The Troubling Case of the Unlimited Pass-Through Deduction
Updated 6/29/20. This paper dissects section 2304 of the CARES Act, which temporarily suspends § 461(l), a limitation on deducting certain business tax losses. Enacted by Congress less than three years ago as part of the 2017 Tax Act, § 461(l) prevented individuals from deducting business losses from pass-through entities against more than $500,000 of other ordinary income. The suspension of this provision in the CARES Act, which I refer to as the unlimited pass-through deduction, allows taxpayers with extremely high incomes to deduct tax losses and thus to reduce or even totally zero out their income tax liability, including retroactively. Combining distributional estimates of other provisions of the CARES Act with estimates from the unlimited pass-through deduction, I show that the unlimited pass-through deduction inverts the perceived progressivity of the cash rebates that were the primary individual-focused element of the federal government’s response to the COVID-19 crisis. I detail how the deduction operates, including how it interacts with other provisions of the CARES Act and other provisions of the Tax Code, in particular bonus depreciation. I also examine the legislative backstory of how the limitation came to exist as part of the 2017 Tax Act and how it came to be repealed in the CARES Act.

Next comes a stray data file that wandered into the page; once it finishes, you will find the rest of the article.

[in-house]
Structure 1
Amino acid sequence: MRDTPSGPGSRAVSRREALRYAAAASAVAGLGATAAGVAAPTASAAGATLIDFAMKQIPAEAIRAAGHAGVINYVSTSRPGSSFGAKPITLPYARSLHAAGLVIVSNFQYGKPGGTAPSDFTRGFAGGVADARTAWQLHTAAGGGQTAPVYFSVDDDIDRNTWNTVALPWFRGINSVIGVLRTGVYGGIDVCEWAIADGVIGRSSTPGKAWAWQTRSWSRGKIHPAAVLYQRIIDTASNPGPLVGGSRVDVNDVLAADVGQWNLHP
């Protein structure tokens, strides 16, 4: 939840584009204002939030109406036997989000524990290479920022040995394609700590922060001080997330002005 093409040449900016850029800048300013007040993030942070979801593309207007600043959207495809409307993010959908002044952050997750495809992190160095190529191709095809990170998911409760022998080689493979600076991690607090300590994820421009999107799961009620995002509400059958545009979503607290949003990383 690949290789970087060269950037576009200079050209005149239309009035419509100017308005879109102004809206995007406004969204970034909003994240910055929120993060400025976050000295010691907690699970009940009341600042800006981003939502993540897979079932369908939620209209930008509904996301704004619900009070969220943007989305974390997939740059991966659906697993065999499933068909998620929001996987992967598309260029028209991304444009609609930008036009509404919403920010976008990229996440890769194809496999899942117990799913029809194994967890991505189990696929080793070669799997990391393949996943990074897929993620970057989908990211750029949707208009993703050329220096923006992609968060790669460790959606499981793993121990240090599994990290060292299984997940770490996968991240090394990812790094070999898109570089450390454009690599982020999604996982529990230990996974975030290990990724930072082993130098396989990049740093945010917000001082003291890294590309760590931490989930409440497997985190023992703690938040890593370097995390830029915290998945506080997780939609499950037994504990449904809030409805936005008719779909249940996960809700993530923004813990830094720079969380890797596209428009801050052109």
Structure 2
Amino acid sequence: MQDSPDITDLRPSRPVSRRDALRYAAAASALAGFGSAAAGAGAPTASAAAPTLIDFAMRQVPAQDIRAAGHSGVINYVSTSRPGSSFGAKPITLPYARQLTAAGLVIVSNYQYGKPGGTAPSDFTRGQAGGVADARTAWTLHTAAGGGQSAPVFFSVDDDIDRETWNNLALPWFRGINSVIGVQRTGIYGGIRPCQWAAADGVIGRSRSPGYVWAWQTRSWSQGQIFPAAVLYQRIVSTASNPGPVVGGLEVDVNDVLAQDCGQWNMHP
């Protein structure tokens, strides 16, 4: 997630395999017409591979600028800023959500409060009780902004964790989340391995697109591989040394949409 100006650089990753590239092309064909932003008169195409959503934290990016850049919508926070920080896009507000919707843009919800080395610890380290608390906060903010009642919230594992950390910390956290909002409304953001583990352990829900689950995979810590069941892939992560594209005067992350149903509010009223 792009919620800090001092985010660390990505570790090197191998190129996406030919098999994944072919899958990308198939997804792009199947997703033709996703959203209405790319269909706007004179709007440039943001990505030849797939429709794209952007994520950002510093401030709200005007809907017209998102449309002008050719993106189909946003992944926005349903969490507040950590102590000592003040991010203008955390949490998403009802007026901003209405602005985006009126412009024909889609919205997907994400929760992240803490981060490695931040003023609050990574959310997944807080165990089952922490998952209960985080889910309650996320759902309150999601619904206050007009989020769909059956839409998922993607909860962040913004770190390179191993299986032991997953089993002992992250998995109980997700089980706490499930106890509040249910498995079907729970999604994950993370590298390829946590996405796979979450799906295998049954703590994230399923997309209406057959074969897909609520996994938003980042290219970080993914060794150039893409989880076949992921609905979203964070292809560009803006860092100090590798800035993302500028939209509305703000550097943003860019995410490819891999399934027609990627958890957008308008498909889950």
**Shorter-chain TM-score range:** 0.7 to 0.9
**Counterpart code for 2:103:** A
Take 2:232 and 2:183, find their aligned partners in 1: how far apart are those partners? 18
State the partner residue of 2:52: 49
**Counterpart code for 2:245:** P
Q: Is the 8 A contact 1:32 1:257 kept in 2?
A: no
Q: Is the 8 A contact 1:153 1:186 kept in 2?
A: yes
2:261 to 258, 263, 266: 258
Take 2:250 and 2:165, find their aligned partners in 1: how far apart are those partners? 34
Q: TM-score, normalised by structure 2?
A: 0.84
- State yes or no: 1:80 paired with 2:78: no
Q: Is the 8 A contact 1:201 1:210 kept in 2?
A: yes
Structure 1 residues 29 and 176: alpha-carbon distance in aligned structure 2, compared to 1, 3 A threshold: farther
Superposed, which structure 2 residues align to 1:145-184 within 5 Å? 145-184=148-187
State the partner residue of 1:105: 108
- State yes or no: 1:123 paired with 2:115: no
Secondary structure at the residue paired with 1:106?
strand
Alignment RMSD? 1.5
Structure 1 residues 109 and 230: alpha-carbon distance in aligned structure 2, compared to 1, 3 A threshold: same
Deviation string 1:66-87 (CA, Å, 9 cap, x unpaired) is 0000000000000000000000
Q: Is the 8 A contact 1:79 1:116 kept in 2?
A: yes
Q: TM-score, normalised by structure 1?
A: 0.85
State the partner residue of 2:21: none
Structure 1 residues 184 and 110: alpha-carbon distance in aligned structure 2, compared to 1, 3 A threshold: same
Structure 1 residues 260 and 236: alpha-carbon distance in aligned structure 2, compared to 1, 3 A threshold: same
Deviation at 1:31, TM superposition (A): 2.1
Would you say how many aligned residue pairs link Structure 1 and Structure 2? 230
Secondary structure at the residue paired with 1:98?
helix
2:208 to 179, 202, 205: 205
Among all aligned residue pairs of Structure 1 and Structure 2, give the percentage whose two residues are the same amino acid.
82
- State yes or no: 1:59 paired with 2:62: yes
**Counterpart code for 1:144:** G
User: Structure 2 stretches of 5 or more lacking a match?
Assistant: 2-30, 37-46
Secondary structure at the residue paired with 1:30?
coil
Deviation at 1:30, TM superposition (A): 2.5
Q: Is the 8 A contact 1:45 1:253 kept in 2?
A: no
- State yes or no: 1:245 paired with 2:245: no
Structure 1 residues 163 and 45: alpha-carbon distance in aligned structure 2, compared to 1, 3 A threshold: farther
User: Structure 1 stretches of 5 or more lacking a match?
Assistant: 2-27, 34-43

The context explored here sheds light on the current political economy of federal tax legislation generally, and in particular on the political economy of hastily enacted tax legislation, which should perhaps be viewed as a regular mode of tax legislating. The high-income beneficiaries of the unlimited pass-through deduction will receive cash rebates in 2020 based on losses they realized long before the COVID-19 crisis hit, as detailed below, and there are no particular indicators that these taxpayers have faced particular challenges due to COVID-19 or are in any current need regardless of the cause. Further, the deduction payouts are not conditioned on taking any future actions or using the funds received in a way that might have positive spillover effects for the broader economy or for populations that are particularly vulnerable to suffer negative economic consequences of COVID-19. Thus, the unlimited pass-through deduction cannot be justified as a targeted response to circumstances created by the spread of COVID-19. And, it is definitively not a minor technical fix that should be accepted as necessary or ignored as inevitable given the circumstances.
Clint Wallace, The Troubling Case of the Unlimited Pass-Through Deduction, Univ. Chi. L. Rev. Online (2020).